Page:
With investors facing liquidity woes, the country's young fund industry is going through a period of restructuring
The Vietnamese funds industry is going through a restructuring, as various fund companies try to placate shareholders that are in the red and facing their own liquidity problems.
Most Vietnam funds are listed closed-end products, and therefore don't have to face redemptions. But the funds' share prices are uniformly trading at deep discounts to NAV, in the range of 58-70%. Their shareholders may include retail investors (particularly from Korea and Japan) but many are also Western hedge funds, which are under severe redemption strains. The Vietnam funds' managers are therefore coming under pressure to do something to assuage them.
The most radical step is being taken by Indochina Capital Vietnam Holdings, which plans a tender offer in early 2009, subject to approval at an extraordinary general meeting, which would give shareholders a chance to realise a proportion of their investment. The firm's board of directors is recommending the company repurchases up to 20% of its issued share capital, with the tender set at a discount to the company’s NAV via an auction.
The board is also proposing to allow management to buy back up to 14.99% of its issued share capital.
These moves are meant to allow some shareholders to get out of their investment, and to boost the NAV for the rest.
They are accompanied by changes to the board of directors, most notably the decision by Terry Mahony to step down and cease acting as a full-time officer of Indochina Capital Advisors, the company's investment manager.
Mahony had only joined the board in June. He had served as co-CIO along with Tung Kim Nguyen, with a mission to build a new generation of equity managers, which the firm says has been accomplished. Indochina's founders are real-estate investors, and the firm also runs strategies in local fixed income and private equity.
Meanwhile, Gordon Lawson, founder and CEO of event-driven hedge fund Pendragon Capital and a former Salomon Brothers trader, has joined the board as an independent non-executive director.
Other Vietnam fund companies face similar issues but have opted for other solutions, as they don't see how a tender offer is going to help investors by crystallising their paper losses.
A lack of liquidity is hurting these fund companies, which have relied on market makers in London; they tend to be listed in Dublin or on London's Alternative Investment Market. CLSA and JPMorgan were previously active market makers for these companies, but have largely ceased activity, according to Vietnam fund executives, although Rothschild continues to find liquidity for them.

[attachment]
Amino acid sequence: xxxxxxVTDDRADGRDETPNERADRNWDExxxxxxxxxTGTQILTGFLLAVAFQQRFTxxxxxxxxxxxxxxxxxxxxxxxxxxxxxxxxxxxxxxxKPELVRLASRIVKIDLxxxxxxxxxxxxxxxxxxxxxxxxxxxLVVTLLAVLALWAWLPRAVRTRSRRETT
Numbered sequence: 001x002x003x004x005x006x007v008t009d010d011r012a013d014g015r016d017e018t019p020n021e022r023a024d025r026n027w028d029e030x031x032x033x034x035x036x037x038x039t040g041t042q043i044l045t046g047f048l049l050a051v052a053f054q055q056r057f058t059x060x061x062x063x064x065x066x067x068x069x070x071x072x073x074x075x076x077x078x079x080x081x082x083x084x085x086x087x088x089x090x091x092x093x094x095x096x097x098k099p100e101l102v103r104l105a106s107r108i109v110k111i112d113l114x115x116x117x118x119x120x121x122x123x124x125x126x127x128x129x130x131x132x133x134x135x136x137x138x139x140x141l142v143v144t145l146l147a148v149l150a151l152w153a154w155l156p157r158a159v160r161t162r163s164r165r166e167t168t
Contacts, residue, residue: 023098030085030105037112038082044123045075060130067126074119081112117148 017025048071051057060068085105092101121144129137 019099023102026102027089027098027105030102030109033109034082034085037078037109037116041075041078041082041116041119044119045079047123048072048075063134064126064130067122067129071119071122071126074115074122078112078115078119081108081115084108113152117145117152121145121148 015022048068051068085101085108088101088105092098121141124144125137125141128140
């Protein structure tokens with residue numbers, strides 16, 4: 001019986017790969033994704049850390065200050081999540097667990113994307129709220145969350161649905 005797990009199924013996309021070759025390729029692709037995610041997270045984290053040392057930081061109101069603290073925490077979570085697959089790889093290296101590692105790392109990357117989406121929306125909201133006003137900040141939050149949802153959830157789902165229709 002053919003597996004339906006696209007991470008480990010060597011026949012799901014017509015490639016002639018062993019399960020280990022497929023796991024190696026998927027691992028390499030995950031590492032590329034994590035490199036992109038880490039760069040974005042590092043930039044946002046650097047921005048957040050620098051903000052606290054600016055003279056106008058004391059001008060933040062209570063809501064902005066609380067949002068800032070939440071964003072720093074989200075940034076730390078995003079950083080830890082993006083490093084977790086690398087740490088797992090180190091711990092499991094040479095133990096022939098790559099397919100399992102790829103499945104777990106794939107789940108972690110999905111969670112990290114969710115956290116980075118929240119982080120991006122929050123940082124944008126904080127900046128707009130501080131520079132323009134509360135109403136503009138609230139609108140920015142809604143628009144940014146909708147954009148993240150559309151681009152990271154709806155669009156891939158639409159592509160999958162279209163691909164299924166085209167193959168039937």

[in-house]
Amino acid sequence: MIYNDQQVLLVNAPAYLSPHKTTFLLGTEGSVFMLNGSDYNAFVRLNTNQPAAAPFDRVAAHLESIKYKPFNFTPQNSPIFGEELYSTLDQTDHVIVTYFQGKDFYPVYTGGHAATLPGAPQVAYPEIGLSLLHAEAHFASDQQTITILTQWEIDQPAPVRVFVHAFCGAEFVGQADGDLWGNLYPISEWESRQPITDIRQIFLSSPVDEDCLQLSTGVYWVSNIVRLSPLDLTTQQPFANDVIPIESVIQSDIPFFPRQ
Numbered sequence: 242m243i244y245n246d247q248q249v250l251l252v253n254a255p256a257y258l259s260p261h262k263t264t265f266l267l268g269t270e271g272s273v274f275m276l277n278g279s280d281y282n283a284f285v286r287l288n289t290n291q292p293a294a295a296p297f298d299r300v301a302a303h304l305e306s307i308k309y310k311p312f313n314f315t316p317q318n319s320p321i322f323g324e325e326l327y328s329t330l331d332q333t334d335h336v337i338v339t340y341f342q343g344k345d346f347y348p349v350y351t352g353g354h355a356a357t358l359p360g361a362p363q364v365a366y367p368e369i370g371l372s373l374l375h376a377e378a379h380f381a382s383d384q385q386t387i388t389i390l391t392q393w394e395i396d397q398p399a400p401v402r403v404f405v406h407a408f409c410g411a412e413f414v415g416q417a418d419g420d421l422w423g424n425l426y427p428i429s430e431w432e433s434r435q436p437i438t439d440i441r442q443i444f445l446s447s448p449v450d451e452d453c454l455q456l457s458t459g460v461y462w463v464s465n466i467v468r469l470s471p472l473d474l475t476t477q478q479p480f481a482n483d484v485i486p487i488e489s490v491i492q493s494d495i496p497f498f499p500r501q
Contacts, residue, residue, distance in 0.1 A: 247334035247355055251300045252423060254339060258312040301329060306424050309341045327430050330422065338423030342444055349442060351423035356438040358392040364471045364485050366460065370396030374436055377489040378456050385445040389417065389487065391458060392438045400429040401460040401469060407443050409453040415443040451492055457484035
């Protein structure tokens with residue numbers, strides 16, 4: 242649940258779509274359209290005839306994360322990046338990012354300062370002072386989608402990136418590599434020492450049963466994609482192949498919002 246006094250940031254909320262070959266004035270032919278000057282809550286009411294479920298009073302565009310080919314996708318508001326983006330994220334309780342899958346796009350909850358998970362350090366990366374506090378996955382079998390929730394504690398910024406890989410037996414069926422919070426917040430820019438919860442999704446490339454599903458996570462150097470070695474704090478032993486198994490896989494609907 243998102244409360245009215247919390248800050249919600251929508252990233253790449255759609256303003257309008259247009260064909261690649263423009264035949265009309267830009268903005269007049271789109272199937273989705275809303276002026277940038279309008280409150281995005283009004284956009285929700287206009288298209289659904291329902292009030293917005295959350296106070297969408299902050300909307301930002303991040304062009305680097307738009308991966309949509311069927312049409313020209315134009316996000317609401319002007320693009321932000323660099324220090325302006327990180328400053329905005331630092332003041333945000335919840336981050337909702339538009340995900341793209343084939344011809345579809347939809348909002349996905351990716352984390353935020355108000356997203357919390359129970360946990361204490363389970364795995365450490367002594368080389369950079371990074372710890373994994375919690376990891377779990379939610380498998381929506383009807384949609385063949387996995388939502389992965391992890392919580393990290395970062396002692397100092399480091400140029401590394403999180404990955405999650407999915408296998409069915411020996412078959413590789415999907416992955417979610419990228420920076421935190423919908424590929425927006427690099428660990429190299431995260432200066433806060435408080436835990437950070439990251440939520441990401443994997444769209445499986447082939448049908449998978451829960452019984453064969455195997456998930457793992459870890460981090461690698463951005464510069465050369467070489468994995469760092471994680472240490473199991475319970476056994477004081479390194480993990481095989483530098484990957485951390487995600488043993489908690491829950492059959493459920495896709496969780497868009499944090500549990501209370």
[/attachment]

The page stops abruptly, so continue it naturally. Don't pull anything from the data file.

One possibility floated by some executives: consolidate the funds. These companies tend to manage three or four such products, which is proving expensive.
"Our concern is how to replace that liquidity without having to buy back shares," says Kevin Snowball, director at PXP Asset Management in Ho Chi Minh City, who declined to outline the company's intended strategy.
Managers are sceptical that buybacks would succeed in stabilising NAVs, because their shares are being hit by a global wave of deleveraging and panic, and any attempt to support the share price this way would prove futile and costly.
PXP is among the hardest hit, along with Dragon Capital, because their funds are the most heavily exposed to listed equities. Players such as Indochina and VinaCapital, which also invest in private equity or bonds, have not seen their NAVs as badly hit, although they are still suffering. Bonds in particular have helped those players with a mandate that allows them to invest in fixed income, as yields on Vietnamese government instruments have fallen from 23% in summer to around 14% today.
As of 28 November, the Ho Chi Minh City stockmarket index had fallen 9.3% for the month. Some funds' stock has fared better, losing only 2% or so, such as those managed by Prudential Asset Management and Indochina, because of their broader portfolio mix. Performance of AIM-listed Vietnam Holdings and Dragon Capital, on the other hand, have been worse than the index because of their listed equities exposure.
Another challenge for these companies is that they tend to be fully invested, as per their mandates, and therefore can't return cash to investors. If shareholders demanded cash back, these funds would have to sell assets in the portfolio to do so. There are a few exceptions, however.
VinaCapital, the largest of the Vietnam fund companies, has an infrastructure fund that was only launched last year and still has cash yet to be deployed. The holding company is debt-free as well. It is therefore paying a dividend to its shareholders, scheduled for 19 December. The 10 cents/share represents an approximate 30% discount to today's share price, says Andy Ho, managing director and head of investments in Ho Chi Minh City.
Dragon Capital has also recently raised money for a real-estate fund and may have cash to spare for a similar move, but executives were travelling and could not be contacted by press time.
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